Take a $10 bill out of your wallet or purse. Take a look at it. What’s it worth?
“Obviously, $10, Brian,” you’re thinking.
The actual intrinsic value of any object is the cost of its production and/or its rarity. Gold, for example, derives its value from its rarity. But that $10 bill isn’t rare at all and is nothing more than a small piece of rag paper and a smidgen of ink, less than a penny’s worth of material.
So its intrinsic value is also less than a penny.
But it does have “worth,” a value we as a society agree on as to what it represents. That could be a specific quantity of something that has intrinsic value, such as a rare metal. We saw this when this country was on the gold standard, at which time that $10 represented about one-third of an ounce of refined gold metal. You could take the bill to a bank and exchange it for the appropriate amount of the metal.
Once the dollar was delinked from gold, its worth became a much more fluid property subject to the fluctuations of governmental policies. The only physical limit to the production of more $10 bills is the availability of ink and rag paper, and since there’s no shortage of either the government can crank those bills out in unlimited quantities should it so deem.
But creating physical $10 bills doesn’t create more actual “worth.” In fact, the opposite can take place.
Our current $10 bill’s actual worth is based on its buying power. How much of a person’s labor or the physical goods they produce – through agriculture, manufacture, or intellectual creation – does societal consensus allow that $10 bill to purchase?
If I raise cattle, John makes cloth and you sell gasoline, how do John and I pay you for the gasoline you sell us? Do you have to accept some amount of cows and bolts of cloth, as well as all the other disparate products and services people produce, to sell your product? The $10 bill is the method used to assign a universally accepted value to facilitate the exchange for transactions, replacing the need for actual barter.
As our country’s economic base – our ability to produce goods and services – has increased, our supply of $10 bills has also increased to make those transactions possible. In a perfectly balanced system there will always be just enough $10 bills available to accurately reflect the relative value of each product or service.
If our economic base shrinks, it’s also important to remove some of those $10 bills from circulation to maintain balance and currency value. But the real problem arises when the government – which doesn’t actually create anything of value itself (government is a “consumer,” not a “producer”) – turns on the printing press and cranks out a lot of $10 bills that don’t reflect any increase in societal productivity. Those “excess” $10 bills flood the market, and since they don’t reflect an increase in societal productivity, they dilute the actual value of the $10 bills that are already in circulation.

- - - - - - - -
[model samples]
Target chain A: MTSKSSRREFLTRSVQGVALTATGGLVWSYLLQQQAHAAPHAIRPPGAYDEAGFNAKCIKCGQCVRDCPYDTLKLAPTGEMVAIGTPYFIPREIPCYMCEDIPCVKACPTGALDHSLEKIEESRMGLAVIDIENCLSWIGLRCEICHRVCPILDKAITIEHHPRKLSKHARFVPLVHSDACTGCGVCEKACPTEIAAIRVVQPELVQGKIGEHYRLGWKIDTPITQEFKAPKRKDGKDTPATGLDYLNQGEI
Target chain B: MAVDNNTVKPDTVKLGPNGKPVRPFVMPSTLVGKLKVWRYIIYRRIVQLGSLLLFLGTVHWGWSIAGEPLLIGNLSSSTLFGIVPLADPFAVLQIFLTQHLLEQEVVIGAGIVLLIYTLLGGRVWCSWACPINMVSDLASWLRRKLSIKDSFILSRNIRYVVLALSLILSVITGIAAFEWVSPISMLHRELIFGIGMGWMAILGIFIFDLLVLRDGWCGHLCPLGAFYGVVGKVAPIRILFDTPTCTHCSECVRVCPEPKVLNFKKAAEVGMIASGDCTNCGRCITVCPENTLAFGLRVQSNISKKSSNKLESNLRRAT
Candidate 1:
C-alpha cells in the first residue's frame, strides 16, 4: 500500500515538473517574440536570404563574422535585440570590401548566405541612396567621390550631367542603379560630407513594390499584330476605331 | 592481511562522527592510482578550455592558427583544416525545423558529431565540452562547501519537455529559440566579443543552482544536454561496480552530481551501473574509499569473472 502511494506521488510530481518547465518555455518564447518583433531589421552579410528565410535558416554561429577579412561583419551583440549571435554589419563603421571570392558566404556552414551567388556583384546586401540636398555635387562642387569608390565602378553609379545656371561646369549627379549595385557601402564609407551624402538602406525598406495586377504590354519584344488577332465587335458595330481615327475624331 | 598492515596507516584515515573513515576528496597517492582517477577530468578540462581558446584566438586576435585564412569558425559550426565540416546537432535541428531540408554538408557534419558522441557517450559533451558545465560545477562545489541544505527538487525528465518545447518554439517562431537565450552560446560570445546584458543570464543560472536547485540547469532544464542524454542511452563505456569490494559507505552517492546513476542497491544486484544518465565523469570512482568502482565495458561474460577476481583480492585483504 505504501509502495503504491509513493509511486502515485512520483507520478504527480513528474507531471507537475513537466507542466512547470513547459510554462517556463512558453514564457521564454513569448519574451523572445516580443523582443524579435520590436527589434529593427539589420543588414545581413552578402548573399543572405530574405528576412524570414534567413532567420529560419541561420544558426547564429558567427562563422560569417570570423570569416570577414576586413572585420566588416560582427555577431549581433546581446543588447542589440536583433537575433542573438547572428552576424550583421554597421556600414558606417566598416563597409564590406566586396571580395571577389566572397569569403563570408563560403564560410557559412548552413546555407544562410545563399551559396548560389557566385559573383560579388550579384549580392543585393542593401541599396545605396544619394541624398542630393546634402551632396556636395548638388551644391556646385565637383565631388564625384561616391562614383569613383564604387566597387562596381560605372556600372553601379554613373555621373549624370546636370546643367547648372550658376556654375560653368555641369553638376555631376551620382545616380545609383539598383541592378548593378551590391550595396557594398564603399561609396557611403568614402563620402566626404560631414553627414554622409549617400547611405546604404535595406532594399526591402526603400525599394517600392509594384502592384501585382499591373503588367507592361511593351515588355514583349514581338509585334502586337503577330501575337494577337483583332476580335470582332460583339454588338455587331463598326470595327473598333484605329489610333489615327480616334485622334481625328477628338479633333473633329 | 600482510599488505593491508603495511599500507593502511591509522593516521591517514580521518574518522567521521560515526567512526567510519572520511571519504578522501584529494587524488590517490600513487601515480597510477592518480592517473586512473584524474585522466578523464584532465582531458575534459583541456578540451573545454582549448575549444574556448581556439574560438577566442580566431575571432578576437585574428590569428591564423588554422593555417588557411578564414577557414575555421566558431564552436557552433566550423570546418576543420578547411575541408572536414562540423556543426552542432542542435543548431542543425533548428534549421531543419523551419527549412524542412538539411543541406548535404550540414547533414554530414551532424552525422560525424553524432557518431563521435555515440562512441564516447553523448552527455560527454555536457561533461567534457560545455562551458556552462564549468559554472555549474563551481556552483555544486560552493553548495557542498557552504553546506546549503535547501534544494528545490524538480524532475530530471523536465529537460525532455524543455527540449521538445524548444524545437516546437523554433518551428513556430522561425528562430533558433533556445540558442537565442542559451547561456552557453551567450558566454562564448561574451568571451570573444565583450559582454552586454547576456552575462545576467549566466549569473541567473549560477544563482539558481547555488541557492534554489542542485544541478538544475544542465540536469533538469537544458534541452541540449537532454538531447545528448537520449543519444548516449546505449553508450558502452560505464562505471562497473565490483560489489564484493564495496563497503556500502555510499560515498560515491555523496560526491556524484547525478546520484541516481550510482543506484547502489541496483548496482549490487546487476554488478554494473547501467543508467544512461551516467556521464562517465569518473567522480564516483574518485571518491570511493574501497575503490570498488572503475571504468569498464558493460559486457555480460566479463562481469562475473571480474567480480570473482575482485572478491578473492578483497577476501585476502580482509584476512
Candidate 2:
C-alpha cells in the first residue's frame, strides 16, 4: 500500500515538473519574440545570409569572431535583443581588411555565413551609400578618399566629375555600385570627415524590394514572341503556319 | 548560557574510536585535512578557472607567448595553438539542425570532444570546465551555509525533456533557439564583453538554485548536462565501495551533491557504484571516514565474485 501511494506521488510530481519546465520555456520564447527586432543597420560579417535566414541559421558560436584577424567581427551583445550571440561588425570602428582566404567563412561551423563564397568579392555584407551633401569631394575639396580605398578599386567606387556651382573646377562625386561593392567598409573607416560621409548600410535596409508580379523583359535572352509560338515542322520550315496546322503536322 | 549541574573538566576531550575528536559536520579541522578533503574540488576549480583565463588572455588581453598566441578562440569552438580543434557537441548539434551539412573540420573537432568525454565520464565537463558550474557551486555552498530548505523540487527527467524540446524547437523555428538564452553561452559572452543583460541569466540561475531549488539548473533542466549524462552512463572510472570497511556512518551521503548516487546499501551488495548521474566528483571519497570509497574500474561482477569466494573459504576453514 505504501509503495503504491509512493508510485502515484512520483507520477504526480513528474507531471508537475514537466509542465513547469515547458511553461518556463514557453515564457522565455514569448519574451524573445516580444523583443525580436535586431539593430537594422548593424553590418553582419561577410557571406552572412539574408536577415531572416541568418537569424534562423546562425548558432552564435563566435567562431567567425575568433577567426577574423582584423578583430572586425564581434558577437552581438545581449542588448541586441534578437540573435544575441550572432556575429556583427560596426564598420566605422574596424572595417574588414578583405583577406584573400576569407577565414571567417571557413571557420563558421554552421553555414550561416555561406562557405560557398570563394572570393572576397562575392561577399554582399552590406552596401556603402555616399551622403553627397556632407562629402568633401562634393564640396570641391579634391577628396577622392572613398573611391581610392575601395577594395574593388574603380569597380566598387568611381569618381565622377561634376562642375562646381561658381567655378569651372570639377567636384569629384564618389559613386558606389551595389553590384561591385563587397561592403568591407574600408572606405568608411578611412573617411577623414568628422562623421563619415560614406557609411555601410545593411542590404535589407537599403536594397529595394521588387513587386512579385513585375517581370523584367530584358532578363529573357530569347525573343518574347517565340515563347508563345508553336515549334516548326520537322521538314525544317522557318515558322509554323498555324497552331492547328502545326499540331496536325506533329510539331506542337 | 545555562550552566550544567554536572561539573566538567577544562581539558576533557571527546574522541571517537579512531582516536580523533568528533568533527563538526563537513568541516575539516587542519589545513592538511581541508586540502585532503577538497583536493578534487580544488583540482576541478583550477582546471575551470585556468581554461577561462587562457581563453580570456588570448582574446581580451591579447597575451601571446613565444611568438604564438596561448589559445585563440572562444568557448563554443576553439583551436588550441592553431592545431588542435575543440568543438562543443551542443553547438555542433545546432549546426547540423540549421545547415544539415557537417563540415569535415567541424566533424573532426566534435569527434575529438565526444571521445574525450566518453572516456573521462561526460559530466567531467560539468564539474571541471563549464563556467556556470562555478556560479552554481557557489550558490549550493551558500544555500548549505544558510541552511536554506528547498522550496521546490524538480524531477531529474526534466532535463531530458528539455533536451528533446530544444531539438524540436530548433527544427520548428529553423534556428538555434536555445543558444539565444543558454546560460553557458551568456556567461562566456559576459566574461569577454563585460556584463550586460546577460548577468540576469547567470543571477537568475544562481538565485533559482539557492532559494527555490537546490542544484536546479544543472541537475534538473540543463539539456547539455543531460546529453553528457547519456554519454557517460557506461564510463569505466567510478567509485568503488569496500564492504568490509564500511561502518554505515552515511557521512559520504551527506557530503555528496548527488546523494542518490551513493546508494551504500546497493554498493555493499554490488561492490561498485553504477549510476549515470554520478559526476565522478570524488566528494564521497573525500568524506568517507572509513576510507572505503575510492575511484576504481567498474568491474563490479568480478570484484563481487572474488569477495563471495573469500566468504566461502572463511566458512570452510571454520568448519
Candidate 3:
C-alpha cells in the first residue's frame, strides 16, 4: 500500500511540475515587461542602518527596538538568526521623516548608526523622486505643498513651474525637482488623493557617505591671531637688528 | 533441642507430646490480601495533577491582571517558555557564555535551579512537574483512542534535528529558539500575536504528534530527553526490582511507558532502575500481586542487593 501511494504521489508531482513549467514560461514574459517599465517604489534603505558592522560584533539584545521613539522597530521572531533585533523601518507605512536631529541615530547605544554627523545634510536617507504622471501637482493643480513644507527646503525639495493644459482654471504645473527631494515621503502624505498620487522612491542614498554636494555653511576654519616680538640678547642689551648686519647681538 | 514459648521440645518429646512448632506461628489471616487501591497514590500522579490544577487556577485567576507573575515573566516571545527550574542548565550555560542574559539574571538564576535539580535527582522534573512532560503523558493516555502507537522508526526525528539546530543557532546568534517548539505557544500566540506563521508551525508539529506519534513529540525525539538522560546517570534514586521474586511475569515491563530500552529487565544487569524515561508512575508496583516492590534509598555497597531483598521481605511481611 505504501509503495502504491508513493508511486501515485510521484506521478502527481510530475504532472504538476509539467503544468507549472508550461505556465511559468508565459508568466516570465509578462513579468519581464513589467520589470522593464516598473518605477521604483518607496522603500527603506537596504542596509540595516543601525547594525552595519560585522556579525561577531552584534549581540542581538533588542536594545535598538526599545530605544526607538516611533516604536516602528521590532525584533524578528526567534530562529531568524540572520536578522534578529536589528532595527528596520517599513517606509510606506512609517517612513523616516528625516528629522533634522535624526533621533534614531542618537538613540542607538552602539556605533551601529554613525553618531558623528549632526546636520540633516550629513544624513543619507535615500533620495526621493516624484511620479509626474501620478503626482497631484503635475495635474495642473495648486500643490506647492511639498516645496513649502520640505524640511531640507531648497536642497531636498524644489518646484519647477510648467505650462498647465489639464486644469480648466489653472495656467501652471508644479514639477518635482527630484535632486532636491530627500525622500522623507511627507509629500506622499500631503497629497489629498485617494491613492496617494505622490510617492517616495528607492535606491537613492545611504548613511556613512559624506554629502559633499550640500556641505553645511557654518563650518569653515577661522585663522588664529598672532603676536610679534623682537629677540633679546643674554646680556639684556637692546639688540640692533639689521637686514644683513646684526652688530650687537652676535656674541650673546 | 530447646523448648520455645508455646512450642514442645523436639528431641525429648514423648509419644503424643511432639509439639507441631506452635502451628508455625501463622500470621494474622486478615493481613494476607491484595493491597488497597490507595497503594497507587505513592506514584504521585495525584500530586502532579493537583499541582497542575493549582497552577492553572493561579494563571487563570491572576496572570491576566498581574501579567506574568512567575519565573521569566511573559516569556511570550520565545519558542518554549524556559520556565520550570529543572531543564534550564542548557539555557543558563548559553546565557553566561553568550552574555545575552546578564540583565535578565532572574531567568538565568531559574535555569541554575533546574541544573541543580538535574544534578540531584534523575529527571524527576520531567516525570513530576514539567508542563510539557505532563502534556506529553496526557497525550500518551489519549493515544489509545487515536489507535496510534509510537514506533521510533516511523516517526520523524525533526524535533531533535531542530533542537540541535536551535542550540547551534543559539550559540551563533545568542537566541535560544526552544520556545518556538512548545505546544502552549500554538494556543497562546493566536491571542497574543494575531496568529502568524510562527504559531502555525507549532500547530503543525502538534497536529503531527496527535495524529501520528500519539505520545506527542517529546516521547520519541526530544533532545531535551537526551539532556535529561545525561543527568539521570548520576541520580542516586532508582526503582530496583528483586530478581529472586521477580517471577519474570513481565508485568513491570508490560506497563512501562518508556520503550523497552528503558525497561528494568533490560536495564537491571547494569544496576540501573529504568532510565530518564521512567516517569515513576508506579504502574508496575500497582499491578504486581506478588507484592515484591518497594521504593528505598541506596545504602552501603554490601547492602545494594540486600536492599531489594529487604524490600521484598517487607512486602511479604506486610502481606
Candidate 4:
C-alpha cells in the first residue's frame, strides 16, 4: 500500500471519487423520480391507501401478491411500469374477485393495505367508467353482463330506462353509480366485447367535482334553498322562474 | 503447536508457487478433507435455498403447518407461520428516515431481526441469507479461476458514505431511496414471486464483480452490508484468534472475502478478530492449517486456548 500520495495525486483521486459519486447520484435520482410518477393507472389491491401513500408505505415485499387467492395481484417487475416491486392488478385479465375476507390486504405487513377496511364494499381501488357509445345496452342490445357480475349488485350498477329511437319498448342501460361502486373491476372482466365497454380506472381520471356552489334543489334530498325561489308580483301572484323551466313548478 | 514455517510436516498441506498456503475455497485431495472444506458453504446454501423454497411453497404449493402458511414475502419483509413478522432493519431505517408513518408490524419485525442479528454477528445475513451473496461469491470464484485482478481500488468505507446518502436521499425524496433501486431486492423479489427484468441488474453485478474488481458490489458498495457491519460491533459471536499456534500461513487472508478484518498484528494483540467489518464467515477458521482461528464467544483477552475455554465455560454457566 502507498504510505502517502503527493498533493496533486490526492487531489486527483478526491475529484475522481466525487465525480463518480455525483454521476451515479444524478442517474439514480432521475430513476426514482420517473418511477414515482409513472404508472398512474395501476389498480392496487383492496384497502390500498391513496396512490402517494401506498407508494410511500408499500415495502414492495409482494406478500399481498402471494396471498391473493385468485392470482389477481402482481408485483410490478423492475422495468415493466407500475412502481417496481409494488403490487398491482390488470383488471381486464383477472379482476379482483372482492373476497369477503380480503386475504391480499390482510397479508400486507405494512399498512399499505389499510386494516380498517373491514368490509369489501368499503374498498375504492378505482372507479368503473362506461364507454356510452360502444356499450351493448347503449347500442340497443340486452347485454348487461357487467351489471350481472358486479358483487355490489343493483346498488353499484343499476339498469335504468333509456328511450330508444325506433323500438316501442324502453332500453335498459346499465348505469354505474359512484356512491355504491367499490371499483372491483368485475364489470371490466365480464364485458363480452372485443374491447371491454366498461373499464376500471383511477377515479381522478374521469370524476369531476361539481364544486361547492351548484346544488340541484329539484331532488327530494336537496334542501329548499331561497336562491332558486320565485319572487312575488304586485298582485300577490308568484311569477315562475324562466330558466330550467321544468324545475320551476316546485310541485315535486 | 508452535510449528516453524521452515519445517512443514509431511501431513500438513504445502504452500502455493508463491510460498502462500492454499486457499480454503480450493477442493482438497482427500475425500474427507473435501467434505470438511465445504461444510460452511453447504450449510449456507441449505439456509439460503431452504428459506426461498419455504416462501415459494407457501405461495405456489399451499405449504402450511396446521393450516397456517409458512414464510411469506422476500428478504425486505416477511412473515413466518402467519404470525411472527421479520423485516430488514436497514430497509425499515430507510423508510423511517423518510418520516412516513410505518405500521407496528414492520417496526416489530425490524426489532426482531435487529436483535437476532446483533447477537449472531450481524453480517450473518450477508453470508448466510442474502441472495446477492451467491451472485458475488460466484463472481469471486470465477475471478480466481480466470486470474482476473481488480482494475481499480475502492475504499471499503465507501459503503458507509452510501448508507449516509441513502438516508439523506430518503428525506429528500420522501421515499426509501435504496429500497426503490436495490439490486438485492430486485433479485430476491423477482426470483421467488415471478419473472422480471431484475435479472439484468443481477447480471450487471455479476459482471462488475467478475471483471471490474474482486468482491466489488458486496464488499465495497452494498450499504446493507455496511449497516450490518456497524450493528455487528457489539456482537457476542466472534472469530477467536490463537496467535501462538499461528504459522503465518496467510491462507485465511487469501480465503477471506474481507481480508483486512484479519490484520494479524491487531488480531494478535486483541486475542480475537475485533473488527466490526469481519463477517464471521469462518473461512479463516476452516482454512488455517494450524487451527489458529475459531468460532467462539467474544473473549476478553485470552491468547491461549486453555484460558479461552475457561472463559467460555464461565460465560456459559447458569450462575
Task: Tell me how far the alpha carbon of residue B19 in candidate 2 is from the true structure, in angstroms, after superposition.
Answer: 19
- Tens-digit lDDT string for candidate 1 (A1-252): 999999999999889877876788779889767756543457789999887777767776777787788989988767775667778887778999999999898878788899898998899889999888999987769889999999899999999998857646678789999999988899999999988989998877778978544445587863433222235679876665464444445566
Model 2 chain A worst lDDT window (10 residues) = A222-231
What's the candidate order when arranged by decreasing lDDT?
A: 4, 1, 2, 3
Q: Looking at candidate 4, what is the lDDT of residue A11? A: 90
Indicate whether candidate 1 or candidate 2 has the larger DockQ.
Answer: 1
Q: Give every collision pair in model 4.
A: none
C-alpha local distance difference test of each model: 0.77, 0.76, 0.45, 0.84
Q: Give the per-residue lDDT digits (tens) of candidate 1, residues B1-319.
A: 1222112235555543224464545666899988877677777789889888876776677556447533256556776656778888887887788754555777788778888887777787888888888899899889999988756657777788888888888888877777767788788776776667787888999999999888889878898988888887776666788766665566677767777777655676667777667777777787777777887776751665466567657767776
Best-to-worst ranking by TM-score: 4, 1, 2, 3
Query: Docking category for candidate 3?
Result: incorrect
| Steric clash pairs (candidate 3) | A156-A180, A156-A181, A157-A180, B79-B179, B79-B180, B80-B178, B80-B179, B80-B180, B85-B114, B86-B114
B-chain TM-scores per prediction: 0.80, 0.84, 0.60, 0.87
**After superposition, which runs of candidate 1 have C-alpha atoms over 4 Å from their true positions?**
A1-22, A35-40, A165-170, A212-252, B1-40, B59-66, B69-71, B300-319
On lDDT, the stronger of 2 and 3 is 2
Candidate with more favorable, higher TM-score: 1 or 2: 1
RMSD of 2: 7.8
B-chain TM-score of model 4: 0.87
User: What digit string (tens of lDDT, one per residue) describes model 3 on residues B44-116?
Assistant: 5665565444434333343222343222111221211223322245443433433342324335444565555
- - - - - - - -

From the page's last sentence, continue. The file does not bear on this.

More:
This is what is meant by “inflation,” which is a decrease in the buying power of money. The $10 bill buys less.
In fact, graphic examples abound of what happens when governments turn on the printing presses with abandon. In a few short years Venezuela went from being the most prosperous nation in South America to an economic wasteland, its 2018 rate of inflation being an incredible 929,789%. Its money is essentially worthless. In 2008 the inflation rate in Zimbabwe was 250,000,000%. Following World War I the inflation rate in Germany hit 344% per month!
Which brings us to the current Democrat party presidential primary. The current gaggle of candidates seems to be in a race to see how much “free” stuff they can offer to the electorate (pretty much legal bribery, in my opinion). The list includes “Medicare for All,” including illegal aliens; eliminating private health insurance; open borders; “free” college; writing off current student loan debts; “guaranteed monthly income” of $500 to $1,000 per month depending on the candidate; “free” universal daycare and pre-K, the “Green New Deal”; and a plethora of smaller programs too numerous to get into.
How do they propose to pay for this largesse? It pretty much boils down to “tax the rich.” Sadly for them, the reality is that even a complete confiscation of everything “the rich” own won’t come close to paying for this cornucopia of “free” goodies. Their only alternative will be turning on the printing presses, and cranking out more and more of those $10 bills.
Ultimately, you’ll need a barrel full of $10 bills just to buy a gallon of milk… IF there’s even any milk on the shelves.
If they win we’ll get to find out personally what it’s like to live in Venezuela.
Is that what you want?
Brian Baker is a Saugus resident.